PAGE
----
It is best explained via this Jonathon Coulton video, Code Monkey:

Quick summary, Code must be both functional and elegant.  (PS> Mountain Dew is pretty good too)

The only workplace example I will ever use. (I seriously believe work and blogging don’t mix)

I had to summarize a year’s worth of data in several charts for a VP to utilize.  Historically, I might have left in the process of how the numbers got there.  This would have included formulas, a couple dozen charts of JUST numbers, plenty of math for the user to play with. 

Cause I think math is fun. 

insert Frying Pan.

However, knowing what the end result that was wanted, I sought elegance instead of proof.  (Keeping the backup somewhere else)

As Marshall describes it best, it was seeking simplicity. 

The image of a circle is actually an incredibly complex phenomenon when broken down into base parts.  What is pi?  How many digits of pi should be used for the formula’s values to be sound?  Sometimes you only need 3.14, and sometimes you need a value that will help design the Large Hadron Collider.

What caught me off guard  (Last time I’m using this as a header!)

It’s so short!   It almost feels too short, although that might be because I enjoyed it so much.

(It also supports the idea that keeping the presentation simple for better understanding.)

I love short Ted Talks.  I openly acknowledge that I rewatch them while typing these things.  Do you know what the side effect of watching a 24 minute video five times in a row?  It turns into hyper over analysis of facial expressions, and that this blog has been guilty of way too many times.

Short Ted Talks on the other hand, they are so easy to reminisce about.  Heck, I can spend the entire night talking about other things (see above) and the user still keeps the original video context in mind.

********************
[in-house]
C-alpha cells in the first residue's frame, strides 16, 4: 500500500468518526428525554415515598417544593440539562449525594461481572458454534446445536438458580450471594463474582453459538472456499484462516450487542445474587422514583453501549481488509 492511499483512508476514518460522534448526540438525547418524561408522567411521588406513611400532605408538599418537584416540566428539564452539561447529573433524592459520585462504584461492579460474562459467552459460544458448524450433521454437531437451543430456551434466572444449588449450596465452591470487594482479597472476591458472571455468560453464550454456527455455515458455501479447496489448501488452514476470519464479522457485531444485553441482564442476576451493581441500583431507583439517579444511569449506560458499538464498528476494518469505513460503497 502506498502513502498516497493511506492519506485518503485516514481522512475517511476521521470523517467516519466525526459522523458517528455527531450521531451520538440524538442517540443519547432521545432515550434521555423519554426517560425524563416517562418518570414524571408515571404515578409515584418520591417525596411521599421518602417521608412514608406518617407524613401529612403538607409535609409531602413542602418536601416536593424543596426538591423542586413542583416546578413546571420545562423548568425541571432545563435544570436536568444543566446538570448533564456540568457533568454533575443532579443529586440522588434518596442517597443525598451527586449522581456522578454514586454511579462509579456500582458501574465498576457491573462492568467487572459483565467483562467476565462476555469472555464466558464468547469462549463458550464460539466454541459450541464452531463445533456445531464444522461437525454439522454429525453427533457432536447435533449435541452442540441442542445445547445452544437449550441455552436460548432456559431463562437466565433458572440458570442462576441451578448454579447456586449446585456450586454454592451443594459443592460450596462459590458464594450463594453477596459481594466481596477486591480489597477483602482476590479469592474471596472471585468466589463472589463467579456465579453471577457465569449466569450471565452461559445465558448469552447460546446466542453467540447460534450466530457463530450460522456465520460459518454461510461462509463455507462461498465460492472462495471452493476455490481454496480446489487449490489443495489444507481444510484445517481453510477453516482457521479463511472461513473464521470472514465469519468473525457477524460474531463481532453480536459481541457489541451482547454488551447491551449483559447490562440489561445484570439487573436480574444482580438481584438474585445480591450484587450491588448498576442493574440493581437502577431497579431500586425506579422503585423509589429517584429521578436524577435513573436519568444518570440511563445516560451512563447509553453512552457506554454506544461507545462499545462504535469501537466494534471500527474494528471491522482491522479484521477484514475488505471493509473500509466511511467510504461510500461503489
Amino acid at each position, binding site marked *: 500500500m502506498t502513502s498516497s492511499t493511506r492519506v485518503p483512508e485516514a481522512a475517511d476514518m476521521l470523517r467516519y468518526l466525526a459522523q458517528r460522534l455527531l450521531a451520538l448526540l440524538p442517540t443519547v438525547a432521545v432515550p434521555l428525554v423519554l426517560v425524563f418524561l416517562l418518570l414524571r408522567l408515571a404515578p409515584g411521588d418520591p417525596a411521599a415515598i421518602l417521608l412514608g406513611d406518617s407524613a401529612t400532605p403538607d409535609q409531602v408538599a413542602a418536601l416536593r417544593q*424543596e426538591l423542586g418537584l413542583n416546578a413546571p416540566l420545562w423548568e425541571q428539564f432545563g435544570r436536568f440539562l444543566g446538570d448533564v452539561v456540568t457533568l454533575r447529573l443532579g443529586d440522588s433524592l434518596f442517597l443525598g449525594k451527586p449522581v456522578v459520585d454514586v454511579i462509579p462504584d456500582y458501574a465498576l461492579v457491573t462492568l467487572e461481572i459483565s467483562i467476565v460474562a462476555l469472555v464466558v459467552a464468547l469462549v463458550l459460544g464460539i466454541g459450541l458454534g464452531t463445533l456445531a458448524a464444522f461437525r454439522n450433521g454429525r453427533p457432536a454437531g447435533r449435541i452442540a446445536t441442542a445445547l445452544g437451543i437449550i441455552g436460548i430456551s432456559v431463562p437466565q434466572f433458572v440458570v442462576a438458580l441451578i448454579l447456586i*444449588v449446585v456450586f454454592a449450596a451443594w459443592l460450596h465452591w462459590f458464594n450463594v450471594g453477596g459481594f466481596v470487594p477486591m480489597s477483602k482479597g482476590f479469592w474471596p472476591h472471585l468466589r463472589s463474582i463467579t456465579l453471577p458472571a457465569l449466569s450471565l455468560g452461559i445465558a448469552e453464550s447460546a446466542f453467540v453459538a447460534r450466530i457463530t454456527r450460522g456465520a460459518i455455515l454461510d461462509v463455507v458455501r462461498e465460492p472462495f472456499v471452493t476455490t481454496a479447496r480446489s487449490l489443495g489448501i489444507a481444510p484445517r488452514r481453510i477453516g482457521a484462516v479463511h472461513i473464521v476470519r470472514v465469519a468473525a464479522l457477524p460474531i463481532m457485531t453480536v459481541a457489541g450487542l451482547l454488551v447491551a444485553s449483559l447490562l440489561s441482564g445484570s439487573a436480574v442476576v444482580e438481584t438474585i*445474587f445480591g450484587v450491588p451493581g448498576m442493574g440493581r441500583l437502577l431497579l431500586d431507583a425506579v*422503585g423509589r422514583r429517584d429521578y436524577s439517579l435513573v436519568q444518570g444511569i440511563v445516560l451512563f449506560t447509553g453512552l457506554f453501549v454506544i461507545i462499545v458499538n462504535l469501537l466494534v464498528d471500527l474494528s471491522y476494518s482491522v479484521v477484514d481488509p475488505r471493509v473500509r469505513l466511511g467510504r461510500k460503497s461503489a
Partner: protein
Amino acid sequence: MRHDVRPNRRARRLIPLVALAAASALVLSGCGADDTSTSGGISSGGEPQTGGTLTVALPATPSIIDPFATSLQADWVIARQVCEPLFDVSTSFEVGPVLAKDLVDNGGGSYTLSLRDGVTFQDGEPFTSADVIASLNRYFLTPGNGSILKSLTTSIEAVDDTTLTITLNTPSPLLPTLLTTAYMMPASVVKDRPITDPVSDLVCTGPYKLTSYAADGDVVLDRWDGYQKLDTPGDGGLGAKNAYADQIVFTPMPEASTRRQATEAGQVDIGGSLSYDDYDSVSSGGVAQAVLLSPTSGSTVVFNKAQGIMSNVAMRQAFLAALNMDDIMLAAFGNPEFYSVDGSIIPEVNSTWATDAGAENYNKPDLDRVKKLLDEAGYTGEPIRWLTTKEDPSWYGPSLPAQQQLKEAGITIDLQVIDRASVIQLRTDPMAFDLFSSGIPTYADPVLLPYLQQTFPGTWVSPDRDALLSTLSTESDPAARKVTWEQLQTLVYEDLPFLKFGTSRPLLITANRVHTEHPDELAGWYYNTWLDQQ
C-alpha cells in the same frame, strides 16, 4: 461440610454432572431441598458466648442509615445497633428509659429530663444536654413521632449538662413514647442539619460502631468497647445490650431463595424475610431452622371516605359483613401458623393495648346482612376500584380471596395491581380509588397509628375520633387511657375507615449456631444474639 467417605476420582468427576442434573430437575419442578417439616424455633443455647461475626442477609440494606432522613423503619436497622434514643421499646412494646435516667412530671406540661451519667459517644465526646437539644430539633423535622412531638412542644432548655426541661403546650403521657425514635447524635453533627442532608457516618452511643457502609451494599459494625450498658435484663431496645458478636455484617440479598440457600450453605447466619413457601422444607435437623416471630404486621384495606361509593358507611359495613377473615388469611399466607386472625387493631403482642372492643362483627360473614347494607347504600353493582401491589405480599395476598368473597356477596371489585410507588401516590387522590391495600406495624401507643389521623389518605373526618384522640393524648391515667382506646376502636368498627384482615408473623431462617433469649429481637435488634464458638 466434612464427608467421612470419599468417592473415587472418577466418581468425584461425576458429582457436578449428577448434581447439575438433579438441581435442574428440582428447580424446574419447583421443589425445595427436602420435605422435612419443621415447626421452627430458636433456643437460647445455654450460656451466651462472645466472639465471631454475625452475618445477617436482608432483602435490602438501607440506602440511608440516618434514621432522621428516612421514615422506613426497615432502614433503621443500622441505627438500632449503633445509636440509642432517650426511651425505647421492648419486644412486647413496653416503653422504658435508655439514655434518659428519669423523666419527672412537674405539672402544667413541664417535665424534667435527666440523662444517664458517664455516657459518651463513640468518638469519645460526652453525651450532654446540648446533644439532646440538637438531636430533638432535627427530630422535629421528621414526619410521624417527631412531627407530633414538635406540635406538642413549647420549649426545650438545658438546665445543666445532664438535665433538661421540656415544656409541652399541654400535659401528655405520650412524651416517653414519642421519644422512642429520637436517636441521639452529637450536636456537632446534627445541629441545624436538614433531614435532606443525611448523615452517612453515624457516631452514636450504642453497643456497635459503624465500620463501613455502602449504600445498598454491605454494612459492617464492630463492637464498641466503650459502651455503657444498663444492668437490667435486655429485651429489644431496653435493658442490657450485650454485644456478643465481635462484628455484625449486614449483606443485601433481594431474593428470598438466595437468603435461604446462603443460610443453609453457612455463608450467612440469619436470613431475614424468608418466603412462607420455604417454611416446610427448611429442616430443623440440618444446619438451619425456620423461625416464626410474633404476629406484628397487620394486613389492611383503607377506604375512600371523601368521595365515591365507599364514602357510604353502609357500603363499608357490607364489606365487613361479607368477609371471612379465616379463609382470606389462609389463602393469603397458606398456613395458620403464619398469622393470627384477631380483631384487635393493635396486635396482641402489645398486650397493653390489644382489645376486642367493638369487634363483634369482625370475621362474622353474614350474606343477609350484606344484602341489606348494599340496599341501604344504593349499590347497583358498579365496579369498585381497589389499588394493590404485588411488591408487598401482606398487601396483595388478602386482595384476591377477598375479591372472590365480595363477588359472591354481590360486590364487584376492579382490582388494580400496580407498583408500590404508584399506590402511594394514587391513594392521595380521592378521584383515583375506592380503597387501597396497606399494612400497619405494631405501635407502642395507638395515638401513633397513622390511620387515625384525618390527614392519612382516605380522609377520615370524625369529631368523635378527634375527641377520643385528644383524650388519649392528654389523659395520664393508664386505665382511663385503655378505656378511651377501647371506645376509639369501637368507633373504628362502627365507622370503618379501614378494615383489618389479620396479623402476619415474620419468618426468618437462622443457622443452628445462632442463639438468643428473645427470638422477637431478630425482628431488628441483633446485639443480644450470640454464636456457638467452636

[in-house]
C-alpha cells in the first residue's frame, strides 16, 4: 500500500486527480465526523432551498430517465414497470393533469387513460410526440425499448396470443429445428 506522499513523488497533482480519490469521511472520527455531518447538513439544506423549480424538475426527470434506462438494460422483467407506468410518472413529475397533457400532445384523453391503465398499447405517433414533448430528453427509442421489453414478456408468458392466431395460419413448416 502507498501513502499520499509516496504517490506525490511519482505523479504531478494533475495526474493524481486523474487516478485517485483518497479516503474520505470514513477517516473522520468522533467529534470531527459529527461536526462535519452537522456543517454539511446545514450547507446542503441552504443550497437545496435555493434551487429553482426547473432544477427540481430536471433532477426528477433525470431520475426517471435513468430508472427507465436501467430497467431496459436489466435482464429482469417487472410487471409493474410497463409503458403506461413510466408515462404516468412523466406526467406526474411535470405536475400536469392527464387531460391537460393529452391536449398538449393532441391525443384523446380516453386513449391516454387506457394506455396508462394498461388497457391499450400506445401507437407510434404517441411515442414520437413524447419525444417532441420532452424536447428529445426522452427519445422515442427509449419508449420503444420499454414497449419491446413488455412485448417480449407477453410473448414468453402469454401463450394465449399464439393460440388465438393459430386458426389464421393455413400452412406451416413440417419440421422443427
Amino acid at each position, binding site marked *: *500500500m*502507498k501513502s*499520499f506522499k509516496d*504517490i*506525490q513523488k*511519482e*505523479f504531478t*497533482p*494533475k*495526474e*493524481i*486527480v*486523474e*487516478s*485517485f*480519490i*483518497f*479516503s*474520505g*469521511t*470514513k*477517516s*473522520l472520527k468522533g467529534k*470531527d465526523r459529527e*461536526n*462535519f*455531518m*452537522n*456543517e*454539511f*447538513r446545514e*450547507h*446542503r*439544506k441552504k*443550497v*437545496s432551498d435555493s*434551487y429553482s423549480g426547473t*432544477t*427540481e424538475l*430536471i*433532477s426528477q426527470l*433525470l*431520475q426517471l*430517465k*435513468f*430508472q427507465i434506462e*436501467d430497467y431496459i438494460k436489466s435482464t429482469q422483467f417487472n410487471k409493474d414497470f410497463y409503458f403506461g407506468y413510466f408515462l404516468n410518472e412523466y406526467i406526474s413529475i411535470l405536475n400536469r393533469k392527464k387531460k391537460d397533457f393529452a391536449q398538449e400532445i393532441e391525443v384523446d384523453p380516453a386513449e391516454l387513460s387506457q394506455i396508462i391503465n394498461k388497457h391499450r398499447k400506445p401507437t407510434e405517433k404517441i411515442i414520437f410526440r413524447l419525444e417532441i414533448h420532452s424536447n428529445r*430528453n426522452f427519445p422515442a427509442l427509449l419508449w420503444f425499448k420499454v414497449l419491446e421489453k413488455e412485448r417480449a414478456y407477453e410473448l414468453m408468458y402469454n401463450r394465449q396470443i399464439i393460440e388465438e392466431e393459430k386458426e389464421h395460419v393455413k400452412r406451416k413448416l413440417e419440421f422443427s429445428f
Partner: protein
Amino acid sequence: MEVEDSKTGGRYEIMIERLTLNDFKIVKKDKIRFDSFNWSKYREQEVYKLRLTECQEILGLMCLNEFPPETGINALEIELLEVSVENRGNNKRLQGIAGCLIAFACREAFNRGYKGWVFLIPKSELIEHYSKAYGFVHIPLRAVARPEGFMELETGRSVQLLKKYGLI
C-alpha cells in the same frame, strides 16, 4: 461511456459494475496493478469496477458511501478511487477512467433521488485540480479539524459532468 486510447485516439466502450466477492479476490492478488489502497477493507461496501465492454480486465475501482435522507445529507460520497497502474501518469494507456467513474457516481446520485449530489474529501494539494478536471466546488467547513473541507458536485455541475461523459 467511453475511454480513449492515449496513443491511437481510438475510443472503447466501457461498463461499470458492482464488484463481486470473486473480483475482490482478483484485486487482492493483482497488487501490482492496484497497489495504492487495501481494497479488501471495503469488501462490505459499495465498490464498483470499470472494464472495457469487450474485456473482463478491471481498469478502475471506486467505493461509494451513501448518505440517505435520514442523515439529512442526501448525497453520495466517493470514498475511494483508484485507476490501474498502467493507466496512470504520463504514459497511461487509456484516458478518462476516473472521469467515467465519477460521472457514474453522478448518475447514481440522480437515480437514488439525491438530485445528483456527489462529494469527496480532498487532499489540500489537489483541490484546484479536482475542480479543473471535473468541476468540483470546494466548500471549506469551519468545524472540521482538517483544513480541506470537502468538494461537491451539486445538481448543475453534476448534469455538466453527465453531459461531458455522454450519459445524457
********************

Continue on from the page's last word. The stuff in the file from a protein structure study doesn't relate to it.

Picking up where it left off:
Did Einstein really say “make everything as simple as possible, but no simpler.”?  Is there a way to confirm this?  Couldn’t he have said Occam’s Razor?

Holy shit there’s an entire website dedicated to investigating quotes, and this one is on it.

(Hey, they also mentioned Occam’s razor)  Although Einstein is singularly attributed to the quote, there’s no proof. 

Marshall’s bio, as listed on the TED site (no point listing the link), reveals that she specializes in teaching speaking skills to engineering students.  This is an interesting dilemma, although the idea of teaching communication skills to explain complex to simple structures is great for presenting globally, I wonder if it is lost due to the insular nature of engineering. 

Meh, it’s a lot better than not teaching them.

So what to do?  (Last time I’m using this header too)

For one, I need to minimize or sideline the 1,000 word EdTalkTed entries.  Only the speed readers and most ardent personality types actually reach this sentence. 

For two, I think Marshall is really cute. 

For three, here’s to simplicity and the future!


– Please support my goal to someday attend a TedTalk, share this blog!

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Posted by on October 12, 2012 in Uncategorized